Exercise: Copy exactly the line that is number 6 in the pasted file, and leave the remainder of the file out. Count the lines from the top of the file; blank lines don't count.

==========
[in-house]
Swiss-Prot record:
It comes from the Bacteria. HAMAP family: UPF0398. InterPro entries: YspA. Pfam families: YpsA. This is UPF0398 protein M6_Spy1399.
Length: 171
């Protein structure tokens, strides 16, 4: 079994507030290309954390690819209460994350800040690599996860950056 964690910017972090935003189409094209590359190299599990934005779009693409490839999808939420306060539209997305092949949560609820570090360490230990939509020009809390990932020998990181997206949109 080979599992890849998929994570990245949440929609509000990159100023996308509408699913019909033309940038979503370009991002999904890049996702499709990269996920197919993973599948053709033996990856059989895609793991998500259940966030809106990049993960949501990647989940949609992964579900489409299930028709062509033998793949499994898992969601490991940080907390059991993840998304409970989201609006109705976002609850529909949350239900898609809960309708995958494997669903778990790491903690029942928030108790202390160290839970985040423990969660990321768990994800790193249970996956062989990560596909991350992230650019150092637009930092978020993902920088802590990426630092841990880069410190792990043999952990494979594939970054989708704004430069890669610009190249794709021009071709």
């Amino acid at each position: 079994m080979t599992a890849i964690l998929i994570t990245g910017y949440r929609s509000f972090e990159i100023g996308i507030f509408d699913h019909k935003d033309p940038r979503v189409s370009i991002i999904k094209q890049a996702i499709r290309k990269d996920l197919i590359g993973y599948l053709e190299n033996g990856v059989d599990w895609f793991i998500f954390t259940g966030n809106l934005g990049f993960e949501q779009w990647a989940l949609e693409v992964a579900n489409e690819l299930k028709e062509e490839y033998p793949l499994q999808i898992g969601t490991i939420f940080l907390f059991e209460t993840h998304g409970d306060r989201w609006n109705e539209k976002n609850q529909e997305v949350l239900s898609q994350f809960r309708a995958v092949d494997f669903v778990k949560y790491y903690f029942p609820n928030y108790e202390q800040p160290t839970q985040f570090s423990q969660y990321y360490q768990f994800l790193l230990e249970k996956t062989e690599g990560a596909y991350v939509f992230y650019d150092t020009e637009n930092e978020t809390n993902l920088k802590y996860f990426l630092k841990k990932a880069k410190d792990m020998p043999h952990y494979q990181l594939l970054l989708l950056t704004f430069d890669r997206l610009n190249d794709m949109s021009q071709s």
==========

């Amino acid at each position: 079994m080979t599992a890849i964690l998929i994570t990245g910017y949440r929609s509000f972090e990159i100023g996308i507030f509408d699913h019909k935003d033309p940038r979503v189409s370009i991002i999904k094209q890049a996702i499709r290309k990269d996920l197919i590359g993973y599948l053709e190299n033996g990856v059989d599990w895609f793991i998500f954390t259940g966030n809106l934005g990049f993960e949501q779009w990647a989940l949609e693409v992964a579900n489409e690819l299930k028709e062509e490839y033998p793949l499994q999808i898992g969601t490991i939420f940080l907390f059991e209460t993840h998304g409970d306060r989201w609006n109705e539209k976002n609850q529909e997305v949350l239900s898609q994350f809960r309708a995958v092949d494997f669903v778990k949560y790491y903690f029942p609820n928030y108790e202390q800040p160290t839970q985040f570090s423990q969660y990321y360490q768990f994800l790193l230990e249970k996956t062989e690599g990560a596909y991350v939509f992230y650019d150092t020009e637009n930092e978020t809390n993902l920088k802590y996860f990426l630092k841990k990932a880069k410190d792990m020998p043999h952990y494979q990181l594939l970054l989708l950056t704004f430069d890669r997206l610009n190249d794709m949109s021009q071709s």